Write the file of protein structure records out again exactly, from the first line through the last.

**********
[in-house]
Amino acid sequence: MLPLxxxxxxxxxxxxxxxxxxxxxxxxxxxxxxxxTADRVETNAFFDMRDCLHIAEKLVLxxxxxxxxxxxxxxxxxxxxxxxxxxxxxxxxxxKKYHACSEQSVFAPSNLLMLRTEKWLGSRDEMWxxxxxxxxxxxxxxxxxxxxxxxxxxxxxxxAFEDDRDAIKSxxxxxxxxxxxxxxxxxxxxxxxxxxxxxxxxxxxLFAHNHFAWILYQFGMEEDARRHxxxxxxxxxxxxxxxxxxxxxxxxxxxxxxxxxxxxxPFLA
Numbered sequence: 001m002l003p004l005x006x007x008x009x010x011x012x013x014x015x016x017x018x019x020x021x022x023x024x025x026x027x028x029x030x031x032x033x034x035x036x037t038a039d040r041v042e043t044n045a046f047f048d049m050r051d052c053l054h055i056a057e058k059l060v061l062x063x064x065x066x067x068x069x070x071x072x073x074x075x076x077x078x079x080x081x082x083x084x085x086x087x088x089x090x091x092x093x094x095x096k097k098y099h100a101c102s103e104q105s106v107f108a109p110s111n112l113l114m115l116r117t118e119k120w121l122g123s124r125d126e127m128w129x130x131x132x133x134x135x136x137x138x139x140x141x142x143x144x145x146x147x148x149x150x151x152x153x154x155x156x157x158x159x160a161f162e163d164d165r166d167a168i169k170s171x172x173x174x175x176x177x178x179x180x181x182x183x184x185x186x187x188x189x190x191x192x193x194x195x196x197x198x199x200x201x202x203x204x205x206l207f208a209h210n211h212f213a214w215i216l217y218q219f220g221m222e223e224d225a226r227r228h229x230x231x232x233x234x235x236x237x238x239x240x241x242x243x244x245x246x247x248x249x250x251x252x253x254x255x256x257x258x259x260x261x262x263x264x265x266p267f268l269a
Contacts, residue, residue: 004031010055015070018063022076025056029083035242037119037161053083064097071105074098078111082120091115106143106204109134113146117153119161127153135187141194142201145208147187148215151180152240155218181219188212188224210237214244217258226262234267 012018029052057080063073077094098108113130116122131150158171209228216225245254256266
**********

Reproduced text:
[in-house]
Amino acid sequence: MLPLxxxxxxxxxxxxxxxxxxxxxxxxxxxxxxxxTADRVETNAFFDMRDCLHIAEKLVLxxxxxxxxxxxxxxxxxxxxxxxxxxxxxxxxxxKKYHACSEQSVFAPSNLLMLRTEKWLGSRDEMWxxxxxxxxxxxxxxxxxxxxxxxxxxxxxxxAFEDDRDAIKSxxxxxxxxxxxxxxxxxxxxxxxxxxxxxxxxxxxLFAHNHFAWILYQFGMEEDARRHxxxxxxxxxxxxxxxxxxxxxxxxxxxxxxxxxxxxxPFLA
Numbered sequence: 001m002l003p004l005x006x007x008x009x010x011x012x013x014x015x016x017x018x019x020x021x022x023x024x025x026x027x028x029x030x031x032x033x034x035x036x037t038a039d040r041v042e043t044n045a046f047f048d049m050r051d052c053l054h055i056a057e058k059l060v061l062x063x064x065x066x067x068x069x070x071x072x073x074x075x076x077x078x079x080x081x082x083x084x085x086x087x088x089x090x091x092x093x094x095x096k097k098y099h100a101c102s103e104q105s106v107f108a109p110s111n112l113l114m115l116r117t118e119k120w121l122g123s124r125d126e127m128w129x130x131x132x133x134x135x136x137x138x139x140x141x142x143x144x145x146x147x148x149x150x151x152x153x154x155x156x157x158x159x160a161f162e163d164d165r166d167a168i169k170s171x172x173x174x175x176x177x178x179x180x181x182x183x184x185x186x187x188x189x190x191x192x193x194x195x196x197x198x199x200x201x202x203x204x205x206l207f208a209h210n211h212f213a214w215i216l217y218q219f220g221m222e223e224d225a226r227r228h229x230x231x232x233x234x235x236x237x238x239x240x241x242x243x244x245x246x247x248x249x250x251x252x253x254x255x256x257x258x259x260x261x262x263x264x265x266p267f268l269a
Contacts, residue, residue: 004031010055015070018063022076025056029083035242037119037161053083064097071105074098078111082120091115106143106204109134113146117153119161127153135187141194142201145208147187148215151180152240155218181219188212188224210237214244217258226262234267 012018029052057080063073077094098108113130116122131150158171209228216225245254256266